You would think that breastfeeding would be an easy and natural process.
Animals do it.
Our bodies are made to do it.
So it really couldn’t be that hard, right?
I quickly learned that it was far more complicated than I ever imagined.
Based on my assumption that breastfeeding would be a breeze, I opted to skip the class about breastfeeding. And looking back, I wish I hadn’t. I’m not sure how much good it would have done because there is something different about learning from a book and doing. But, I’m sure that some of the information would have been helpful.
I had to quickly get over the mortifying feeling of being ‘exposed’ because nurses and doctors walked in to our hospital room constantly. I knew they were medical professionals, but I still wasn’t used to the idea of everyone seeing my breast. This feeling of modesty was probably part of why it was so hard to get the hang of things. I just wasn’t comfortable flashing my nipples around. And it was always a bit strange when a total stranger would get up-close and personal to help me feed my child. Eventually, I was able to get more comfortable nursing with other people around. It is a natural process and if there was every a time to see a bare breast, it was now, when I was using it to feed my child.
In the hospital I had access to lactation consultants who stopped by periodically to help. But somehow they always seemed to come in either after Donovan had eaten or at an inopportune time. They were helpful and they did offer lots of great tips, but I was still trying to figure it all out and I was still feeling overwhelmed by everything. Besides, I thought everything was going fine.
By the second week, I was getting desperate. Apparently Donovan did not have a good latch, which was why he took so long to eat and why I was still full after feedings. Due to the poor latch, my nipples were so sore and I even had a crack in one, which made nursing on that side, his favorite side, super painful. Everyone said that it wouldn’t be painful, but it was, and I had no idea what I was doing wrong. I googled and read and cried. Nothing seemed to make things any better.
To add to my growing concern, Donovan wasn’t gaining as much weight as the doctor wanted to see. She wasn’t worried but she knew that I was struggling with breastfeeding, so she was able to help. I started to felt like a failure. How could something that seemed so simple and natural, be so hard? And, was my desire to figure out breastfeeding going to negatively impact my son if he wasn’t able to get enough to eat? I wasn’t ready to give up and I wasn’t ready to supplement with formula. Anytime I am faced with challenge, I become even more determined to overcome it. Since I was having so much trouble with breastfeeding and it was making me so emotional, I had a really hard time asking for help. I just felt that I was the only one who had ever struggled with this. All I could do was cry about it. I guess I can blame it on the hormones!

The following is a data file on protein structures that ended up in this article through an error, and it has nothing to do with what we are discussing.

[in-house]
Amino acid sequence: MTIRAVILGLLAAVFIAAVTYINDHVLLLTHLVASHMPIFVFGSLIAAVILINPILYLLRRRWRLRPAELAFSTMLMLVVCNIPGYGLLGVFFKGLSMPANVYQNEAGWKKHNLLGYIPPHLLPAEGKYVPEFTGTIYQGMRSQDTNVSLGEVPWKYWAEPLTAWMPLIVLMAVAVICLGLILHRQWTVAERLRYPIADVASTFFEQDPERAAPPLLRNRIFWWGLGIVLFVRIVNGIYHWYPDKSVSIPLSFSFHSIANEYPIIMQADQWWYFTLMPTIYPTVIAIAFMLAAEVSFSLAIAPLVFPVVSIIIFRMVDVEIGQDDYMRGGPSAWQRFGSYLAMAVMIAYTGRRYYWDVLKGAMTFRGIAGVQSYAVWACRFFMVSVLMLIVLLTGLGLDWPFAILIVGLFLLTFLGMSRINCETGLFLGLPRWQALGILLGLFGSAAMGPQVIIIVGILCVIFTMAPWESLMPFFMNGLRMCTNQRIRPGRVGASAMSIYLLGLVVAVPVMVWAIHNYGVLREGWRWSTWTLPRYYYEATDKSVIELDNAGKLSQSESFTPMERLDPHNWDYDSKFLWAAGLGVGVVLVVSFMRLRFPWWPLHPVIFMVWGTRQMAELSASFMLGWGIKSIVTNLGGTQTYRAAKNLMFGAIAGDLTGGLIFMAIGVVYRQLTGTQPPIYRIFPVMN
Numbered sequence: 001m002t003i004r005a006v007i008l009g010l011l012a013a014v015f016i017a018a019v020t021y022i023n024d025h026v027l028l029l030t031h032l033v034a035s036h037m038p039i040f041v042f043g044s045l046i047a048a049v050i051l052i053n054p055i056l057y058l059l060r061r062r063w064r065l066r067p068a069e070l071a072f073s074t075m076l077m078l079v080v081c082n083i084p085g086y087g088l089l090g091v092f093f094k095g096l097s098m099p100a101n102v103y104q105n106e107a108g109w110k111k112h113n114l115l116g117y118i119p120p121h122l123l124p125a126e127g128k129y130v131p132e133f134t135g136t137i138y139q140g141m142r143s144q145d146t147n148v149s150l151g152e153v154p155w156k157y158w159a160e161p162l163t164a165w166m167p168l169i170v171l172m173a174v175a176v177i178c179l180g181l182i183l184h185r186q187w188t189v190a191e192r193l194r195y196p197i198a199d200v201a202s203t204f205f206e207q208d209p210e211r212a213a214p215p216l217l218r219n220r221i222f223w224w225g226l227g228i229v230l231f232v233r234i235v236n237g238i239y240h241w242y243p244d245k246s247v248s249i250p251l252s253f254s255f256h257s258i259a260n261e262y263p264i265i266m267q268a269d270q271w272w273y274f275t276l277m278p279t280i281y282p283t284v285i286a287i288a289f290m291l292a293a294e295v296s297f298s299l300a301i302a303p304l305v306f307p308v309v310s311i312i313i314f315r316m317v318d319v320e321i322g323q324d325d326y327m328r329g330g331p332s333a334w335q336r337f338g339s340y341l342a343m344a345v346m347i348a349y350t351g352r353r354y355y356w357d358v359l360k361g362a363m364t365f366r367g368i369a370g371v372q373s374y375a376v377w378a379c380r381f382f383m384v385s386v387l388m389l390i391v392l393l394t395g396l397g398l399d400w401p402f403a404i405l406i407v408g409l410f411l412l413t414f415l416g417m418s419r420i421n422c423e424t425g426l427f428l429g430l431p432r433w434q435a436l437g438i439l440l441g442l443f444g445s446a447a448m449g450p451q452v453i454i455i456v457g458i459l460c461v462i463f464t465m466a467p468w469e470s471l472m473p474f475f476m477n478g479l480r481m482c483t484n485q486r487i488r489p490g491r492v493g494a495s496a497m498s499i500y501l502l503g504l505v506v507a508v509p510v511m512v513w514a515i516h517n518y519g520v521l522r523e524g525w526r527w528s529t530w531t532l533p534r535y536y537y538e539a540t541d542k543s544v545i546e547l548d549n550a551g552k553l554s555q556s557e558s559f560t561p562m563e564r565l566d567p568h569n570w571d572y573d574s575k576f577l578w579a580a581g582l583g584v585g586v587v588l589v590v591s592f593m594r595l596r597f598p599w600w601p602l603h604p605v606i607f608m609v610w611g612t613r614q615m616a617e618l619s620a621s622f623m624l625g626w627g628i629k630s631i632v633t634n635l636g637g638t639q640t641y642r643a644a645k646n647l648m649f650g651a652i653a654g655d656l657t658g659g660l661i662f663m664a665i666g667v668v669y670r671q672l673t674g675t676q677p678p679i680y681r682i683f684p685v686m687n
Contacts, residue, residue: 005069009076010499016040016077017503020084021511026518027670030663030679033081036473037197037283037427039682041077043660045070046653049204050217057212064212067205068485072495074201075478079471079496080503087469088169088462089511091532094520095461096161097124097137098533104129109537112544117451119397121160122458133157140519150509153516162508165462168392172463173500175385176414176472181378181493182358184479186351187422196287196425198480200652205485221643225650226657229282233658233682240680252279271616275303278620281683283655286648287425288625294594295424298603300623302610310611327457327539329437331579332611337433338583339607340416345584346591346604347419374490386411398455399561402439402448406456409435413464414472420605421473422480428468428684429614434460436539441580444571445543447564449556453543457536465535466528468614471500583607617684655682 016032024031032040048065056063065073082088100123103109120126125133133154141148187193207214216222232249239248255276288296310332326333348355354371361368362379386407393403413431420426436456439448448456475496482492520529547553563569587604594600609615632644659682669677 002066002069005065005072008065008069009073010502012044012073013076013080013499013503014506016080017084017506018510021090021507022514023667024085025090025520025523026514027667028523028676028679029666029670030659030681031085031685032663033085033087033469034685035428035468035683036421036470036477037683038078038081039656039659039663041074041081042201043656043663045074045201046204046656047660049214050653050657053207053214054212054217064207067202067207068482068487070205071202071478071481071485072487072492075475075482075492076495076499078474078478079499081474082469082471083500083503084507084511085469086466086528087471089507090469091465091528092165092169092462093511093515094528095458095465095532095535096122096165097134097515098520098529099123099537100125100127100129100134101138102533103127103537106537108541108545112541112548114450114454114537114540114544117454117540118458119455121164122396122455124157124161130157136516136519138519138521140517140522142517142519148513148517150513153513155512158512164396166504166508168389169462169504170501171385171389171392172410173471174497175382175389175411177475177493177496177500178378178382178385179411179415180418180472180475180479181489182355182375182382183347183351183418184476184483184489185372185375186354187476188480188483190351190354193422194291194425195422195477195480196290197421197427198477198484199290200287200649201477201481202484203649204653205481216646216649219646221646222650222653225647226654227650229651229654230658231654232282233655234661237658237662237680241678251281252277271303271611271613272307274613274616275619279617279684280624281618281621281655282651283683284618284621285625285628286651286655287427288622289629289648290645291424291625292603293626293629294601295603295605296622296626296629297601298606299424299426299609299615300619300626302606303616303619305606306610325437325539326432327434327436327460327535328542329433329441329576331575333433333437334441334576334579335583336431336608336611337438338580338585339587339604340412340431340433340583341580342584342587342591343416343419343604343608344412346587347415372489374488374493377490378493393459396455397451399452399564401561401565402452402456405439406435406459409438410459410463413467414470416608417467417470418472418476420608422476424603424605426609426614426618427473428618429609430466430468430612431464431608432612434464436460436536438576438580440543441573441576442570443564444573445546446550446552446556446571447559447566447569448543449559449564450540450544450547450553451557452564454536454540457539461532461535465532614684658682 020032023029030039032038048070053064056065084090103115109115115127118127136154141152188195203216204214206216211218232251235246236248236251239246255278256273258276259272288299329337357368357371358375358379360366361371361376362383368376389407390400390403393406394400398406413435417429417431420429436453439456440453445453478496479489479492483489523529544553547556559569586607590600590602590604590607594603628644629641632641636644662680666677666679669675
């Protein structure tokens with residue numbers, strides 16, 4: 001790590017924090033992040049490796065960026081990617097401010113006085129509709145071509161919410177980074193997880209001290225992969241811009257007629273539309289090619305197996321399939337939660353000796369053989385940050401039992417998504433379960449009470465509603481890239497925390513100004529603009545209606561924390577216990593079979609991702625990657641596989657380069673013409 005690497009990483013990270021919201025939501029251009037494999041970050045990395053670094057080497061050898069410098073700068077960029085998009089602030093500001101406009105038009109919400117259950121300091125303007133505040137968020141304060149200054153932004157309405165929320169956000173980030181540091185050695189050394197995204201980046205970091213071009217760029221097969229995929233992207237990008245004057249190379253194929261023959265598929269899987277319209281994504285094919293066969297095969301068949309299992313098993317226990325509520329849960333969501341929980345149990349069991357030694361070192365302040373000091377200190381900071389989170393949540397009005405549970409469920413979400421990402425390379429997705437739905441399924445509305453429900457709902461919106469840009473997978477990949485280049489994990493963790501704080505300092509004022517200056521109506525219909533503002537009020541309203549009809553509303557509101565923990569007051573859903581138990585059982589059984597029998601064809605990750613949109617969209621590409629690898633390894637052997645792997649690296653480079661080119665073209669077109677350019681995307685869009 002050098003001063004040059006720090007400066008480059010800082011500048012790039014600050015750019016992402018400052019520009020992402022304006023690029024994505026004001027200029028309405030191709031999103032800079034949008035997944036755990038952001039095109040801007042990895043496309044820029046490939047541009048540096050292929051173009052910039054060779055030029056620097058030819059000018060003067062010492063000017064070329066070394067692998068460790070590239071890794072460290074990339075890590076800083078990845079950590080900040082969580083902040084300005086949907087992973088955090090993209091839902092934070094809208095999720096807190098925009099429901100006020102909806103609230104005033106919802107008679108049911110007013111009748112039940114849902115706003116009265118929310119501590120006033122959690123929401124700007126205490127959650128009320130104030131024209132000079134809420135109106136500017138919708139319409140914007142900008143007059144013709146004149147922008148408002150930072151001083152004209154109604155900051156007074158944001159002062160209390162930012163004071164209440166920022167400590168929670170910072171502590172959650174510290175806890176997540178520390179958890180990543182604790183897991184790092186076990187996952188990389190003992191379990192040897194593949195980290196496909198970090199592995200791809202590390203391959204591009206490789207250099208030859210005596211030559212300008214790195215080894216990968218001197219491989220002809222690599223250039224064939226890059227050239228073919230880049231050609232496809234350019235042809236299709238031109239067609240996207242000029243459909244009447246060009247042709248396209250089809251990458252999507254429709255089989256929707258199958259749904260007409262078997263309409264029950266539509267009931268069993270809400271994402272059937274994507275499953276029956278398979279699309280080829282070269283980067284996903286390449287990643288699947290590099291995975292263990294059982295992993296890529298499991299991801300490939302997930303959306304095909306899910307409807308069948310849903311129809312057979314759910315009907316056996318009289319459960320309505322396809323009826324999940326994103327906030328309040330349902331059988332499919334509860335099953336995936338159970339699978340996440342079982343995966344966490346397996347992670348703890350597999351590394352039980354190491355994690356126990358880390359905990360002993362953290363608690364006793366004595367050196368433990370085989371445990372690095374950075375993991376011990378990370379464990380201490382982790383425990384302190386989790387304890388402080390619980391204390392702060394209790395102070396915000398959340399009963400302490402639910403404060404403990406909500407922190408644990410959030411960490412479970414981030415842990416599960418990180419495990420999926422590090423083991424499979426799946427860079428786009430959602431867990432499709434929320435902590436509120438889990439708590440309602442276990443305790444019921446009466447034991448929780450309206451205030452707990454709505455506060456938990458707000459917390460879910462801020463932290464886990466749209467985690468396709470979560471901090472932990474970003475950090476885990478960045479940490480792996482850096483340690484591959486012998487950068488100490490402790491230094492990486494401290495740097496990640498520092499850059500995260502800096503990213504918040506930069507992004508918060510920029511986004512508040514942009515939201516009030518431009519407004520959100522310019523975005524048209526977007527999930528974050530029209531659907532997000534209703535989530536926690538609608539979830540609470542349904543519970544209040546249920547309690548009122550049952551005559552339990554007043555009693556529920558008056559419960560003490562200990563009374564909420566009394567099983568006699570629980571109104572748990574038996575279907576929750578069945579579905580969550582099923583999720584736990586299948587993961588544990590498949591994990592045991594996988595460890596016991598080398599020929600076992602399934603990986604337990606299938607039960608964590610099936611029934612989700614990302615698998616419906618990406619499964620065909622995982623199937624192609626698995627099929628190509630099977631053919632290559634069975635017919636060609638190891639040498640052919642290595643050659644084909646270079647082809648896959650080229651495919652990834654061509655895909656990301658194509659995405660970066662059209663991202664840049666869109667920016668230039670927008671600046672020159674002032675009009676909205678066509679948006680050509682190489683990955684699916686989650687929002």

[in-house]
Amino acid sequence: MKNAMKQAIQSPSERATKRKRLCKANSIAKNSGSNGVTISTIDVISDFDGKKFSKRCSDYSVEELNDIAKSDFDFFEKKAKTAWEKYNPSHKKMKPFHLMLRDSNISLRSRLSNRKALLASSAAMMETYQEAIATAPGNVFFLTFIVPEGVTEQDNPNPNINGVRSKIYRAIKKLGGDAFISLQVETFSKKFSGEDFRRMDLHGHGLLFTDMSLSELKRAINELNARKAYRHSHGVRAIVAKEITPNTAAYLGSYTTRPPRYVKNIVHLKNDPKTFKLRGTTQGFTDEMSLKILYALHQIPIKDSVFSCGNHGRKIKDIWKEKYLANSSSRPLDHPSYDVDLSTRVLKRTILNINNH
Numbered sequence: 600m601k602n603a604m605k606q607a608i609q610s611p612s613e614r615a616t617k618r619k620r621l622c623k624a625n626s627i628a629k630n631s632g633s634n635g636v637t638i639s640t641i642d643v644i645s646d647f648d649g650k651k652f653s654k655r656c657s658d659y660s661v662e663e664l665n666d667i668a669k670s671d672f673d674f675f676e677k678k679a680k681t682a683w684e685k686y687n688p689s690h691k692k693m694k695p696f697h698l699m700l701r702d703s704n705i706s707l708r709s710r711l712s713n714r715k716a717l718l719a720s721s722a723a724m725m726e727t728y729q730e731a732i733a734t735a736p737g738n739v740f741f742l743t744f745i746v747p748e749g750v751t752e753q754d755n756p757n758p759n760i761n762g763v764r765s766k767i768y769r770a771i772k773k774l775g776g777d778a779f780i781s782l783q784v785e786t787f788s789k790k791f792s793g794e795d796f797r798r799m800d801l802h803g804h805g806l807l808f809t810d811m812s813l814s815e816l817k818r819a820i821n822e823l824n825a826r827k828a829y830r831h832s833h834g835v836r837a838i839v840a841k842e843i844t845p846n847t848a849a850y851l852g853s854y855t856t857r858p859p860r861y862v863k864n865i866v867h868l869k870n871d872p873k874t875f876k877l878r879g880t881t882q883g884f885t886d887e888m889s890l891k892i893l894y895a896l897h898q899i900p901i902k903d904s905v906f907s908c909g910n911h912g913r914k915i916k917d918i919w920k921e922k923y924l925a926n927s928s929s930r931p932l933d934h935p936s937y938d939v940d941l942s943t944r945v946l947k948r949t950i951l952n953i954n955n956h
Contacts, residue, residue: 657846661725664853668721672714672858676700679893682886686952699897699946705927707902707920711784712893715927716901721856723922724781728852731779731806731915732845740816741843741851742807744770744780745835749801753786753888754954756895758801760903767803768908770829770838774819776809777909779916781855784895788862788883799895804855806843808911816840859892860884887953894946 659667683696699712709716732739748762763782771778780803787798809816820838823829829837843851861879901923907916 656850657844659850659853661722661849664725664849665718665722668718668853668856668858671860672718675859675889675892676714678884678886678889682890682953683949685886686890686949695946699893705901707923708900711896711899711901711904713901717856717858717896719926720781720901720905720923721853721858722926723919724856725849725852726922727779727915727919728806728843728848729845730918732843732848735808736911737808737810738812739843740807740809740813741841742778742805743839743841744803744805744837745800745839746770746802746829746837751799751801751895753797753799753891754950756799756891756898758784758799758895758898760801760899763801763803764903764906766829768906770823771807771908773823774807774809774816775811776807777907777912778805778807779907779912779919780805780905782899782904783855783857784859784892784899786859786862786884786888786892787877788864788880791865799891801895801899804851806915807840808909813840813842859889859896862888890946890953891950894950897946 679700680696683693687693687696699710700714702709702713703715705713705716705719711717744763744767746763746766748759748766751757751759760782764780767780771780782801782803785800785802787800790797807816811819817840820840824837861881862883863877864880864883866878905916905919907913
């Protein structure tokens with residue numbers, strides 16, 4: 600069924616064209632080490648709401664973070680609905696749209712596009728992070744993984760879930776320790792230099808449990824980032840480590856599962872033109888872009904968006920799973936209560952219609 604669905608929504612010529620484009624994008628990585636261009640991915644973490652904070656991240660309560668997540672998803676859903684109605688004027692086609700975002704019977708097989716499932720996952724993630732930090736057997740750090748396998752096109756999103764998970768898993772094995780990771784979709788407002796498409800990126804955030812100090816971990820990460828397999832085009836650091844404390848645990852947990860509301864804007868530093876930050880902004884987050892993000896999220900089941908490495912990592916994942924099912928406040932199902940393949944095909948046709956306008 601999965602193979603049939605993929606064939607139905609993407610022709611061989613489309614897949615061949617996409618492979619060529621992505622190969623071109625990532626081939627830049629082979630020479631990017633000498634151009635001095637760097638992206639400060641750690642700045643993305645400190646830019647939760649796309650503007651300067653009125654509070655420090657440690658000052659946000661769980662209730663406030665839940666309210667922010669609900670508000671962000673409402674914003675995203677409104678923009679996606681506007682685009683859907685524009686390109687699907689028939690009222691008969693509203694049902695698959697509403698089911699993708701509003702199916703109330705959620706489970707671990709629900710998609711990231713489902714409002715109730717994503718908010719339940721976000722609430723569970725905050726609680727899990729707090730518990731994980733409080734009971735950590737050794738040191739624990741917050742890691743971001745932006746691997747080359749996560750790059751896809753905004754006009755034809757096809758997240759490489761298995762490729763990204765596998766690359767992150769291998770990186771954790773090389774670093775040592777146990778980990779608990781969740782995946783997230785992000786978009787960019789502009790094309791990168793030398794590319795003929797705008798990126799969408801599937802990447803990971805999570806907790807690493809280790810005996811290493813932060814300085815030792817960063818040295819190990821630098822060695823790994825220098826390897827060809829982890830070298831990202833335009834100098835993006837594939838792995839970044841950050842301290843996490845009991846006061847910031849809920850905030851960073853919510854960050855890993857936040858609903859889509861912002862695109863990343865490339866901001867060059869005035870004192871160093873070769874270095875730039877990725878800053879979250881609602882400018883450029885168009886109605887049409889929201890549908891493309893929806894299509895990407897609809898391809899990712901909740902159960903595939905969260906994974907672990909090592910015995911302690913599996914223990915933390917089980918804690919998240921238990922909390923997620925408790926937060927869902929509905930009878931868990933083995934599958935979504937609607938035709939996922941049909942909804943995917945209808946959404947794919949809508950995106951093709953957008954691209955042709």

By the time my Mom arrived for her second visit, I knew that I had to schedule an appointment with a lactation consultant. I was so desperate to do anything to make this process easier and less painful. We went to the appointment together and I am so glad that she could be there to help me. The lactation consultant was amazing. She showed me a few things to do differently and it all worked! It was shocked at how easy it was. I worried that I wouldn’t be able to replicate the same techniques on my own. Luckily my Mom was a great coach and after that appointment, everything started getting so much better.
Looking back, I wish I would have learned more before I started.
I wish I would have asked for help sooner.
I wish I would have realized that is breastfeeding a natural process that is also a learned art.
I wish I would have realized that breast were made for feeding and that people would see them. And it would be ok!
And I wish that I would have realized that I did not need to make myself feel so alone in the process of learning to breastfeed.
Now that breastfeeding is second nature, I have become so thankful that I didn’t give up when it got hard. I also realize that I am so lucky.
I didn’t have any physical issues that could have forced me to stop breastfeeding.
I had a breast-pump, which helped me keep my supply up even when Donovan wasn’t creating the demand.
I had supportive friends and family who know how much this meant to me and encouraged me to get the help that I needed.
And most importantly, I had a supportive partner. If Doug would have said, “this is too much, you need to give him formula” I might have given up or worse, resented him. But he didn’t, and he was there for me the whole way. Even when I was crying and not sure of what to do, he would always fill up my water cup and ask if I need anything else. I am so thankful for him!
I feel that it is important to share my journey because I know that I am not the only one who has faced challenges with breastfeeding. My story is not meant to scare anyone away from breastfeeding. I have loved the experience and I enjoy the bonding it has fostered and the nourishment that it provides. It has been a personal choice and I hope that this story encourages other women to realize that there are resources available to help and that you can do it!
I personally have really enjoyed “The Womanly Art of Breastfeeding”. I started reading it after Donovan was born and it is still providing me with insight and information that I find helpful. I really recommend it to anyone who is interesting in breastfeeding.
From me to you